However, documented history actually shows that this place was the private residence and mercantile store of Nicholas Wesley Yager (1792-1869). According to the WPA Historical Inventory for Page County (information taken by the Works Progress Administration in the 1930s and early 40s), the “west half was built for the Yager home, with the large room on the northwest corner a store-room, in which Mr. Yager ran a mercantile business until a few years before his death in 1869. The east half was built for store-rooms and offices . . . On the north is a frame ell (?). This was added soon after the construction of the brick. The weatherboarding is wide with large bead. The foundation is on the order of an English basement. The basement was used for the servants [of course, I'm sure this means 'slaves'] quarters, and is an interesting feature of the home.” Born in Culpeper County and reared in Madison County, Yager came to Luray and worked for Mr. Thomas Blackford as a bookeeper; Blackford owned and operated the Isabella Furnace. Following the cessation of operations there, Yager purchased the furnace in 1841. Yager was indeed one of the slave-owners in Page County, owning eight slaves in 1840, fourteen slaves in 1850 and eight slaves in 1860; but there is nothing to substantiate the claim that Hinson made in regard to the house.

In fact, the story that Hinson received from locals years ago, may have actually started in rumors about the old Sudie Jobe home at 310 West Main Street, on the north side of the street, between Court and Lee Streets. This house served as Luray’s first jail and, according to WPA records, at one time had large iron hooks that were fastened in the wall in which prisoners were fastened.

In addition to all of this, there have been stories told in the last decade (coming from those who seem to align themselves with Hinson’s beliefs) that the slaves were made to climb up on this block during the auction. Interestingly, if you have ever seen this block in person (measuring “17 by 20.5 inches in section and some 58 inches high”), one might think that standing on top of such a stone might cause one a severe degree of imbalance – something that would not be a selling point to the auctioning of a healthy slave as it would lead one to believe there might be physical infirmities associated with the person on sale on the “ol auction block.” On the other hand, perhaps the ability to balance oneself on such a block might be considered a positive quality. Who knows?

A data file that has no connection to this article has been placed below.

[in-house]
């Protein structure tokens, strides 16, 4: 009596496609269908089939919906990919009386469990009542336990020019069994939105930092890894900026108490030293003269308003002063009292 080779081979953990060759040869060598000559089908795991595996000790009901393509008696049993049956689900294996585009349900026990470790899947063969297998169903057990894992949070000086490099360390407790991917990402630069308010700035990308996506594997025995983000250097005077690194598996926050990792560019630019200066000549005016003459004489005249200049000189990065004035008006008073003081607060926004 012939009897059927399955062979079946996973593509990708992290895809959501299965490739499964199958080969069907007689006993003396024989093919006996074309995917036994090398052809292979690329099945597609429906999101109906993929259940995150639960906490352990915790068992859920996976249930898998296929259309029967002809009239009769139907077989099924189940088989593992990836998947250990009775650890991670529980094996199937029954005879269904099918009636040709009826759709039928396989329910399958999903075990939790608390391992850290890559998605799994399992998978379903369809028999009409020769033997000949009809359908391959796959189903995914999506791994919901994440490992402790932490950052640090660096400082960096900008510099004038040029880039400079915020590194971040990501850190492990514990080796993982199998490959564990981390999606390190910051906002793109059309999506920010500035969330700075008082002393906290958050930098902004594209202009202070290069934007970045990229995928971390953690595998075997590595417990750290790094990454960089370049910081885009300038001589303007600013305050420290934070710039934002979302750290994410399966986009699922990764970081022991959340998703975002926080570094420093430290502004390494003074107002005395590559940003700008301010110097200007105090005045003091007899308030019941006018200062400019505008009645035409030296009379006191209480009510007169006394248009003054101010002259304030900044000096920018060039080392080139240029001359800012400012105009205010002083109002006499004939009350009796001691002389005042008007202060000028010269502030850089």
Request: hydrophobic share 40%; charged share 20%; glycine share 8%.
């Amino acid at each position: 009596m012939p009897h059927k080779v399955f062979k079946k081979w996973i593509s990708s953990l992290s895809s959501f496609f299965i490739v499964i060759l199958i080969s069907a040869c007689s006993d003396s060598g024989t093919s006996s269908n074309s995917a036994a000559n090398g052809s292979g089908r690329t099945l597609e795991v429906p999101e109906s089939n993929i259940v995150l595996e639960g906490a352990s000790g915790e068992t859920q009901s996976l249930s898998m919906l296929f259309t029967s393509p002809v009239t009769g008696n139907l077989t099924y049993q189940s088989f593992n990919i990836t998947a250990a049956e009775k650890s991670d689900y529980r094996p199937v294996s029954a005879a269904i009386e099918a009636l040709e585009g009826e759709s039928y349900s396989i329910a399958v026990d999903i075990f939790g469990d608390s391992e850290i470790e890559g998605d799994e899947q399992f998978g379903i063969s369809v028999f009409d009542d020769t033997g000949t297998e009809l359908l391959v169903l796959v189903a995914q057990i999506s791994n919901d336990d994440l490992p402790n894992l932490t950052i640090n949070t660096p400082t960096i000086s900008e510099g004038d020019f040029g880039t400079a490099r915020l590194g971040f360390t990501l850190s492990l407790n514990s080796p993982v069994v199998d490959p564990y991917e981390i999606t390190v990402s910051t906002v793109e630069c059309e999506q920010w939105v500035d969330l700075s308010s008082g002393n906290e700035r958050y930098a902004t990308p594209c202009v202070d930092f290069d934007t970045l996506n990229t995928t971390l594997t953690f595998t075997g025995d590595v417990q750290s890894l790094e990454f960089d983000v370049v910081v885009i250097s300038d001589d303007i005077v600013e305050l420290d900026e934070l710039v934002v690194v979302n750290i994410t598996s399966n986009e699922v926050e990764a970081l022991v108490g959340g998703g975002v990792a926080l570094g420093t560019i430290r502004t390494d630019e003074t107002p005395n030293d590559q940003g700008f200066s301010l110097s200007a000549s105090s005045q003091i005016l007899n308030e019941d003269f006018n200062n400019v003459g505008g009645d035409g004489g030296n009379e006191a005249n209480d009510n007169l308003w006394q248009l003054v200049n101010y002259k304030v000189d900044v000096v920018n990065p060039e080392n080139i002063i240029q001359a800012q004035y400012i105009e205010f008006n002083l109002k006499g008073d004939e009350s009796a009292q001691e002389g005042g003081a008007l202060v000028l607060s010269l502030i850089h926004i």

In yet another development with the stone in recent years, Mr. Hinson called upon a forensic investigative team from George Washington University. Mr. Hinson thinking that the stone may bear proof of the slave auctions in what he believed could be traces of blood on the stone. Again however, would a person interested in buying slaves really like to see his potential purchase bleeding on the auction block? While certainly, there are some well-documented stories of some rather demeaning practices (at slave auctions in other localities) displaying the high qualities of a slave on the block, certainly, making them bleed would not be considered a positive selling point. Led by noted historic forensic scientist and GWU professor James Starr, this team came to Luray and did the work necessary to help solve the mystery of the strange red stains on the stone at Inn Lawn Park. Starr initially warned Mr. Hinson that the results would probably come back as inconclusive, and, indeed, that was the case in the end. (Note that Professor Starr has been involved in numerous investigative studies as can be found on the Internet).

Another person who was identified as stating that the stone served as a slave auction block was Mrs. Rita True Rothgeb White. Interviewed (ca. 2001) by historian John L. Heatwole, Mrs. White – wife of Dr. Matthew James Walter White, Jr., was a descendant of Page County relatives going back to the 1700s. Born in 1901 (though she mentions in one of her own books, Papa’s Diary (1961) that she was born in 1902), Mrs. White was the daughter of George W. Rothgeb (1859-1954) and Mary Susan Strickler (1863-1937). George Rothgeb, along with his parents, resided in District #3, Massanutten (where, in 1860, one in every eleven families owned a slave). Later, after marriage, George and his family resided in a house in Leaksville (where, in 1860, one in every nine families owned a slave). By 1908, the Rothgeb family moved to Luray when George began working as a mail carrier. By the 1920s the family was living on North Court Street. George was the son of Solomon David Rothgeb (1832-1916) – Solomon having been a joiner/carpenter/millwright.

On her mother’s side, Mrs. White’s grandfather was Martin Van Buren Strickler (1838-1925); a farmer and Confederate veteran, having served as a captain in Co. B, 33rd Virginia Infantry. Martin Strickler was also well-known before the Civil War as a school teacher, having been educated himself at home and in neighborhood schools, and for a while in Jedediah Hotchkiss’ famous academy in Augusta County. Strickler was also known for his large and successful mercantile store in Leaksville. After having been dropped from the rolls of the 33rd Virginia Infantry in the late spring of 1862 (he was sick often), he returned to Leaksville and, in October 1864, was among those to evacuate, along with his livestock, from Page County at the coming of the Federal troops – during the period known as the “Burning.”

After a quick review of Page County slaveholders, none of Mrs. White’s ancestors appear to have owned any slaves in 1840, 1850 and 1860 (according to slave schedules for Page County).

In addition to these two oral accounts, some people attribute additional proof that the stone served as a slave auction block to former Luray Mayor Henry Bernard Dyche. However, only once was he ever cited as having said something about the block, and in that particular circumstance, it was only mentioned in the caption of a photo in 1961 in the Page News & Courier (sometimes referred after this point as PN&C), when the stone was being prepared to be moved to the Inn Lawn Park.